Category Archives: Volume 29 No. 1 (2007)

Amplification of health risk messages in leading Philippine newspapers


Author(s): Jedess Miladel C. Nuñez and Rotacio S. Gravoso

Abstract

This study aimed to find out the coverage and amplification of health risk messages of leading Philippine newspapers: Philippine Daily Inquirer, The Philippine Star, and Manila Bulletin. Data were gathered through a content analysis of health risk articles published by those newspapers in 2005.
Results revealed that the health risk articles published in 2005 by the three newspapers focused on bird flu, dengue fever, food poisoning and meningococcemia. However, the three newspapers did not give prominence to health risk articles. In terms of sources of information, most of the articles quoted experts and government officials but were prompted by public experiences. Most of the articles assigned blame or responsibility to organizations rather than individuals.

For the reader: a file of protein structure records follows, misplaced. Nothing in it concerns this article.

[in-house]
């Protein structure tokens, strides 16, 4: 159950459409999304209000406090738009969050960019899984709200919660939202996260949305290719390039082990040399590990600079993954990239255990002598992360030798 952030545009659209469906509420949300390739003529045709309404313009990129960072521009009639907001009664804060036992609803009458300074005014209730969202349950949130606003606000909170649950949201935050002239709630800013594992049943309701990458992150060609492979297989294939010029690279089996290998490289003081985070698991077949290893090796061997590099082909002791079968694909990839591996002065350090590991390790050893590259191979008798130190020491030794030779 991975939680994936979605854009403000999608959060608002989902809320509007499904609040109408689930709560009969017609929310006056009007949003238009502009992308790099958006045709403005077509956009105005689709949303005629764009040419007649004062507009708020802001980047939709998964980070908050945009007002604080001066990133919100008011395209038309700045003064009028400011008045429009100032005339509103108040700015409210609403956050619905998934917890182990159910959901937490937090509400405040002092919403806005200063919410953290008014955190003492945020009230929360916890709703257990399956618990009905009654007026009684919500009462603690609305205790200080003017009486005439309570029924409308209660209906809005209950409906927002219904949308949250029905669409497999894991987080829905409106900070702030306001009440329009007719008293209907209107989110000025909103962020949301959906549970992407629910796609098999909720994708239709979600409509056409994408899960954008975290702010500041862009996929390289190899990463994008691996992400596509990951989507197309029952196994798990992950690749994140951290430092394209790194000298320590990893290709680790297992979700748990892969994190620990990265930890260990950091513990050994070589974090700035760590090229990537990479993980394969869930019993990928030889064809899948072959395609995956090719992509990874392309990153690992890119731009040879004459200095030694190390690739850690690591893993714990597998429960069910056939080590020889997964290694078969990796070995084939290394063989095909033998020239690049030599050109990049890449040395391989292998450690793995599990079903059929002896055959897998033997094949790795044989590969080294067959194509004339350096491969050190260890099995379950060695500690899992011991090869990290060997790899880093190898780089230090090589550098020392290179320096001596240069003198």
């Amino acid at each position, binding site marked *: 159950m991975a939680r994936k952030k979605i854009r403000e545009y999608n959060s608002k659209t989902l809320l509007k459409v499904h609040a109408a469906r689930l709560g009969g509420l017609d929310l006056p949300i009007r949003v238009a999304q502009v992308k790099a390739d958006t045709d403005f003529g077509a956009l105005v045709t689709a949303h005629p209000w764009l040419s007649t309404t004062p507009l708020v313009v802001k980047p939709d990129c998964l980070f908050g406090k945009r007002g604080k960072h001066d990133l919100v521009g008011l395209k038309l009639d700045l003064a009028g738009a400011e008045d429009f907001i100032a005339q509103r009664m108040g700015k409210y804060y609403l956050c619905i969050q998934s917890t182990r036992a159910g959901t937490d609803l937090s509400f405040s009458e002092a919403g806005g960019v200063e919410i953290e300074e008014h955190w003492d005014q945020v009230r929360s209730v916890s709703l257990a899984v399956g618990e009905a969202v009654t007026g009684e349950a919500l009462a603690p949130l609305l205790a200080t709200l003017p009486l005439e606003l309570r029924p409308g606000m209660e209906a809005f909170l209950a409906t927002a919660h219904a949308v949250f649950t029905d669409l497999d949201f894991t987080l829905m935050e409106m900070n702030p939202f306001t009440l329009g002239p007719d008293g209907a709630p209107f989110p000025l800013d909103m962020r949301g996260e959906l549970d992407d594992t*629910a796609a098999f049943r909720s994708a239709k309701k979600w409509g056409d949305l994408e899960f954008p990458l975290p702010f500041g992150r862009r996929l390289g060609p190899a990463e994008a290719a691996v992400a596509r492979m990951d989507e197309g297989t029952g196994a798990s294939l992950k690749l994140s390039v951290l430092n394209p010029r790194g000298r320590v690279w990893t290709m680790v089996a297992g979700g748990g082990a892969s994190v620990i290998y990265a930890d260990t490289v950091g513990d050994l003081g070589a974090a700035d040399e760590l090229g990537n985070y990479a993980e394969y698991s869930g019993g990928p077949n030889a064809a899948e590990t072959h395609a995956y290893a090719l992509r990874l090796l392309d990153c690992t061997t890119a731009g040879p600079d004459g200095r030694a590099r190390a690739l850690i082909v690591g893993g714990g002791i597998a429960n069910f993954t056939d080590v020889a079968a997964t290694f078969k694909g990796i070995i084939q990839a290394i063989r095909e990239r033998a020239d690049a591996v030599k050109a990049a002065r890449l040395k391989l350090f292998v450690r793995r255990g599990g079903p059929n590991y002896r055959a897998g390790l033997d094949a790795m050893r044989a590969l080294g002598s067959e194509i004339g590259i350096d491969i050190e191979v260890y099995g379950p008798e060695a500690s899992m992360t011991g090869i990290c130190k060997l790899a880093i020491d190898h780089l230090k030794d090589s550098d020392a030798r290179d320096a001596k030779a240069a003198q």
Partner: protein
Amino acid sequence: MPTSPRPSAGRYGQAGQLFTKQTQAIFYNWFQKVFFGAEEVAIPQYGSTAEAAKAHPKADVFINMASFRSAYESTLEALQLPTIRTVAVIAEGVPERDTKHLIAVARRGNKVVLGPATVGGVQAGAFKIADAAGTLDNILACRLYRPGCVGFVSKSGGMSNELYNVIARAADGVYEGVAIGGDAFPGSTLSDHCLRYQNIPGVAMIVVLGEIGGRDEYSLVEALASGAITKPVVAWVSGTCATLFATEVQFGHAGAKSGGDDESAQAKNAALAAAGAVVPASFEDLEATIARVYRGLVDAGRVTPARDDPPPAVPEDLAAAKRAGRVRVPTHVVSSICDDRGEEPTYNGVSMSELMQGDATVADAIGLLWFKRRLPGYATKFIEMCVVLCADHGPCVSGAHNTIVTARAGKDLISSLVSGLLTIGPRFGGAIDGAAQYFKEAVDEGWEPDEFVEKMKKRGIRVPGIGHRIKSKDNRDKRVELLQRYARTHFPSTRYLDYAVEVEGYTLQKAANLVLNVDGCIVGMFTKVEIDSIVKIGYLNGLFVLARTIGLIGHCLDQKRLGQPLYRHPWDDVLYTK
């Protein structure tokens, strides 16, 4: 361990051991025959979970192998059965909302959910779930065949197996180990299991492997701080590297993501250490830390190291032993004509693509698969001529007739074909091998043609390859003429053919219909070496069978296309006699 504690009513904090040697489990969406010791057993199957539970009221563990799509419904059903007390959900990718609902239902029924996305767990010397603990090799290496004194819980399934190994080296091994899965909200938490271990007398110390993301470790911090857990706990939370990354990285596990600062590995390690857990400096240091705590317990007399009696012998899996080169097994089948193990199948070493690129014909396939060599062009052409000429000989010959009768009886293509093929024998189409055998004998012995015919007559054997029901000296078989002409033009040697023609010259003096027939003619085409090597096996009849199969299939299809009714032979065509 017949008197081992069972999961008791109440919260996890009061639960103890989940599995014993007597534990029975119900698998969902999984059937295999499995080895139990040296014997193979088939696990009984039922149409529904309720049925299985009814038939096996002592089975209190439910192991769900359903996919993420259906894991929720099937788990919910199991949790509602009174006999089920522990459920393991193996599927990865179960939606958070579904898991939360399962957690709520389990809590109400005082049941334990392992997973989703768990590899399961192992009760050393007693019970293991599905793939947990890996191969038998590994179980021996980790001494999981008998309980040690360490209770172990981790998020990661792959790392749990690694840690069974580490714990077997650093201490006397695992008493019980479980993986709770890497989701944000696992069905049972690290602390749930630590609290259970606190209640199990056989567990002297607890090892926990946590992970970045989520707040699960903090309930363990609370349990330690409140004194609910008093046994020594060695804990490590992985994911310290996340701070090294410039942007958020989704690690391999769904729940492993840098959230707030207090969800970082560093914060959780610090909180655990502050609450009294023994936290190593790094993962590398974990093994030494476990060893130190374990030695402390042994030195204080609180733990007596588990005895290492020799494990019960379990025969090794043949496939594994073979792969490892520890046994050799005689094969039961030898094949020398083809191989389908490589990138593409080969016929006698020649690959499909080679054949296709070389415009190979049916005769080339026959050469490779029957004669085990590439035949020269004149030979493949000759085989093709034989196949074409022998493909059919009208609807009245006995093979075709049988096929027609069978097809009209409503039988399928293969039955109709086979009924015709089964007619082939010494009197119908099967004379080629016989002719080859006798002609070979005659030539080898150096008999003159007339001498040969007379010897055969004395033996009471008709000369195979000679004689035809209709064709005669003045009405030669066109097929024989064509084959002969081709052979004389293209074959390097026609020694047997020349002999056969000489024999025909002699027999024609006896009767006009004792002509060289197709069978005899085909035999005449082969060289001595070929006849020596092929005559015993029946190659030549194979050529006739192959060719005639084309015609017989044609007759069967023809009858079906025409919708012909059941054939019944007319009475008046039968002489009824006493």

The lexical content analysis using the Language Inquiry and Word Count (LIWC) showed that negative emotion words, words linked to people’s ratings of anxiety, were present in health risk articles, indicating intensification of the health risk. For bird flu articles, most of the negative words were in the pre-peak and post-peak periods, while for dengue fever, in the peak period. For food poisoning and meningococcemia, most negative emotion words in the articles were published during the post-peak period.

Keywords : health risk messages, risk amplification, risk intensification, negative emotion words, Philippine newspapers, content analysis